How to predict a CVD patient’s risk of total, colorectal and lung cancer

Data from patients with established cardiovascular disease (CVD) can be used to predict their lifetime and 10-year risk of multiple cancers, according to new findings presented at ESC Congress 2020.

The study, published in JACC: CardioOncology, focused on prediction models for total cancer, colorectal cancer and lung cancer.

“Estimating individualized probabilities could help in patients’ and clinicians’ understanding of cancer risk,” wrote lead author Cilie C. van’t Klooster, MD, Utrecht University in the Netherlands, and colleagues. “As several modifiable risk factors are related to cancer as well as to CVD, discussing these cancer risks with patients could potentially aid in emphasizing healthy lifestyle changes, such as smoking cessation or weight loss.”

They authors used data from more than 7,000 patients with established CVD to develop the prediction models, validating them with data from another 9,322 patients. The selected predictors were age, sex, smoking, weight, height, alcohol use, antiplatelet use, diabetes and C-reactive protein.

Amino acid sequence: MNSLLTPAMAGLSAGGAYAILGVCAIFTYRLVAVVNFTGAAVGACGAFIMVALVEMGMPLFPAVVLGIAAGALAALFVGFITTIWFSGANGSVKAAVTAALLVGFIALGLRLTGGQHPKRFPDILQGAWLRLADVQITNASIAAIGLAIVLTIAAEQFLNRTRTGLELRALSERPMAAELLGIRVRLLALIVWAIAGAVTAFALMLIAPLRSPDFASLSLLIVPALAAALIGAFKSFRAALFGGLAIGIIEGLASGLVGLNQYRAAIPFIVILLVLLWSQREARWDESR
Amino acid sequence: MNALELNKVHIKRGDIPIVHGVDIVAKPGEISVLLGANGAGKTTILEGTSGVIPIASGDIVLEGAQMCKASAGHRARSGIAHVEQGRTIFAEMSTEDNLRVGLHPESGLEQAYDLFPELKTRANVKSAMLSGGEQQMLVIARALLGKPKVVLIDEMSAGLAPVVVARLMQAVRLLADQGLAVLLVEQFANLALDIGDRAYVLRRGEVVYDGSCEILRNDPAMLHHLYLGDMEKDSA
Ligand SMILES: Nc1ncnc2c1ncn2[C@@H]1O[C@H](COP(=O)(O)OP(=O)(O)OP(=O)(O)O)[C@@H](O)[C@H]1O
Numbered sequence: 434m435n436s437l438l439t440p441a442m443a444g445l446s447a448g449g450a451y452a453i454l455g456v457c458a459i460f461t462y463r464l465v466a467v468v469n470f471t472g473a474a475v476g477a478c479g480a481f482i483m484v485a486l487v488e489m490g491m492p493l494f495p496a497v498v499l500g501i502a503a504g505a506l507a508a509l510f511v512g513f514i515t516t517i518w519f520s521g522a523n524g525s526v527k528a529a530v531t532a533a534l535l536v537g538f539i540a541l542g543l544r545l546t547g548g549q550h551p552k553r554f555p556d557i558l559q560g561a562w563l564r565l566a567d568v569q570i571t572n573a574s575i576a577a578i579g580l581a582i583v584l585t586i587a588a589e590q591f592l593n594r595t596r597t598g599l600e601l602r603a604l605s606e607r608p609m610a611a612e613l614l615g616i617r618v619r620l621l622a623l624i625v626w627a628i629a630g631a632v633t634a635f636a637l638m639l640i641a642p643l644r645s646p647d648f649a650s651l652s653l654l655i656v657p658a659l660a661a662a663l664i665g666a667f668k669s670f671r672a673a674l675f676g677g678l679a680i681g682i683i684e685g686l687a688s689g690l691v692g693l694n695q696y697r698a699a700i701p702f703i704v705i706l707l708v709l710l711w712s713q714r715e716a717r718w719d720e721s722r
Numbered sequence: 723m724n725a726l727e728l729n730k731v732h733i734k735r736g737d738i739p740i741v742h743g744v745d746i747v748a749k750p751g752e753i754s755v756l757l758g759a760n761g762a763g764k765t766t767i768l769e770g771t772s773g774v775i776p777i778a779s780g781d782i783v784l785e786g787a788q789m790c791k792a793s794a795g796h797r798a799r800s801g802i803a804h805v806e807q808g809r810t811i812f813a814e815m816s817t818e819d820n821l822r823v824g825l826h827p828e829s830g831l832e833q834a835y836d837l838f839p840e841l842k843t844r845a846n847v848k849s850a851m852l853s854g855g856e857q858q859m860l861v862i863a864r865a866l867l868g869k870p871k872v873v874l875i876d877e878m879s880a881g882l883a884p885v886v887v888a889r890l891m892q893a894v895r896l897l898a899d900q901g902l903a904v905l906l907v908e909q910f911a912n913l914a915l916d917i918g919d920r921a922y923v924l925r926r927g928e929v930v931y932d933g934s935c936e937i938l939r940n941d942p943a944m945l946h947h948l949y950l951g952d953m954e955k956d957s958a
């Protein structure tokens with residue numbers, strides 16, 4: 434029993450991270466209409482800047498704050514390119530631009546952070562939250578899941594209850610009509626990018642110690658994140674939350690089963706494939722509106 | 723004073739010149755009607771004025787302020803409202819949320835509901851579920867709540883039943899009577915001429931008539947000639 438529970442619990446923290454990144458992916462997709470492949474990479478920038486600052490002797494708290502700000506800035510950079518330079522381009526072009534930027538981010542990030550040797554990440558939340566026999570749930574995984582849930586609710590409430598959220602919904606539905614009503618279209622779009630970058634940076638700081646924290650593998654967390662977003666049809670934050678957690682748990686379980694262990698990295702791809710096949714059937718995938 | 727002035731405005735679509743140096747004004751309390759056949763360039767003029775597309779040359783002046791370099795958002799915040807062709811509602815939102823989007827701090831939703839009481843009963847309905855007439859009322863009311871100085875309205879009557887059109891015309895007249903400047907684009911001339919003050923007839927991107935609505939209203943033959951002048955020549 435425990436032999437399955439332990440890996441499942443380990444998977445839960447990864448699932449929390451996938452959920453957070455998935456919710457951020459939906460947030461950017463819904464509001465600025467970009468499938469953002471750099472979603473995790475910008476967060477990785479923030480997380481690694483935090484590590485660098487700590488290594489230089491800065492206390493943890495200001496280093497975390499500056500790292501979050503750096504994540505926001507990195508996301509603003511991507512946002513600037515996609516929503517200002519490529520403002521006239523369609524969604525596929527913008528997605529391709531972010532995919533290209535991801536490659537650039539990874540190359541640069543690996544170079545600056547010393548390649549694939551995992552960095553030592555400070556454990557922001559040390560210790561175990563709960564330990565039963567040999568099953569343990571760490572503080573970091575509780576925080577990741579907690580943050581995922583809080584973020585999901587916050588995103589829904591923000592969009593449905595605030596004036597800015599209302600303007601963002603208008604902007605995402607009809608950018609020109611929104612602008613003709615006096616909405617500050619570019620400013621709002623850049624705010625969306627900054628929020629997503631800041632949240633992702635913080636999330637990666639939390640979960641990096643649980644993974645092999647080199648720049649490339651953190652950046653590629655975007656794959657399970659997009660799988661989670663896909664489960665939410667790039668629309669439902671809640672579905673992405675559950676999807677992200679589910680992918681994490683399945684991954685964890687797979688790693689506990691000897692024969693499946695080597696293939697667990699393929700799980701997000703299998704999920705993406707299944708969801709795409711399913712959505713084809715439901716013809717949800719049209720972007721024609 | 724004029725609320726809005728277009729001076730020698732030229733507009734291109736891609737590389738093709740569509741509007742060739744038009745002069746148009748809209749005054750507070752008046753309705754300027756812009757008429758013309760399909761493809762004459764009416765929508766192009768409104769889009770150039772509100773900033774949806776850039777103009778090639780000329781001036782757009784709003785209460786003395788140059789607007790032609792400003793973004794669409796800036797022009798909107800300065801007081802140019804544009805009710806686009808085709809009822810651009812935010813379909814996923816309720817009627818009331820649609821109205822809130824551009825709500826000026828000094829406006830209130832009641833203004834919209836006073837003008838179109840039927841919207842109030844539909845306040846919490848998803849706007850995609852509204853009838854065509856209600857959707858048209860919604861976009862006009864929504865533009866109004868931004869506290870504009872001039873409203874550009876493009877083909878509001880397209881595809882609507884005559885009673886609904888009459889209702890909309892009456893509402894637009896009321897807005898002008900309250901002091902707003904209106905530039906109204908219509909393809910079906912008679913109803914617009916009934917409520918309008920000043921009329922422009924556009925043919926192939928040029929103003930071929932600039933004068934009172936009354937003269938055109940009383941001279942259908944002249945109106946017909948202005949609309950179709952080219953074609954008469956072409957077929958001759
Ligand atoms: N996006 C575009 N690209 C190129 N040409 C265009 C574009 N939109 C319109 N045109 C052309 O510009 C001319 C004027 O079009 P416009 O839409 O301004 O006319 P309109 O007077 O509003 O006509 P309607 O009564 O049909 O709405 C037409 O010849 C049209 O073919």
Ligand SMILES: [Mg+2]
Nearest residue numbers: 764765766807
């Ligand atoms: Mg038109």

Overall, the authors found that the lifetime and 10-year risk of total cancer, colorectal cancer and lung cancer could be “estimated reasonably well with easy clinically available predictors in patients with established CVD.”

The median predicted absolute 10-year risks were 16% for total cancer, 2% for colorectal cancer and 2% for lung cancer in the development cohort. The median predicted absolute 10-year risks were 13% for total cancer, 2% for colorectal cancer and 2% for lung cancer in validation cohort.

Meanwhile, the median predicted absolute lifetime risks were 35% for total cancer, 5% for colorectal cancer and 7% for lung cancer in development cohort. The median predicted absolute lifetime risks were 26% for total cancer, 4% for colorectal cancer and 5% for lung cancer in the validation cohort.

“Given the wide distribution of predicted lifetime risks for total cancer and lung cancer, these models can enable the identification of patients at the highest risk for cancer,” the authors concluded.

ESC Congress 2020 is completely digital due to the ongoing COVID-19 pandemic. More information from the European Society of Cardiology is available here.

The full JACC: CardioOncology analysis can be read here.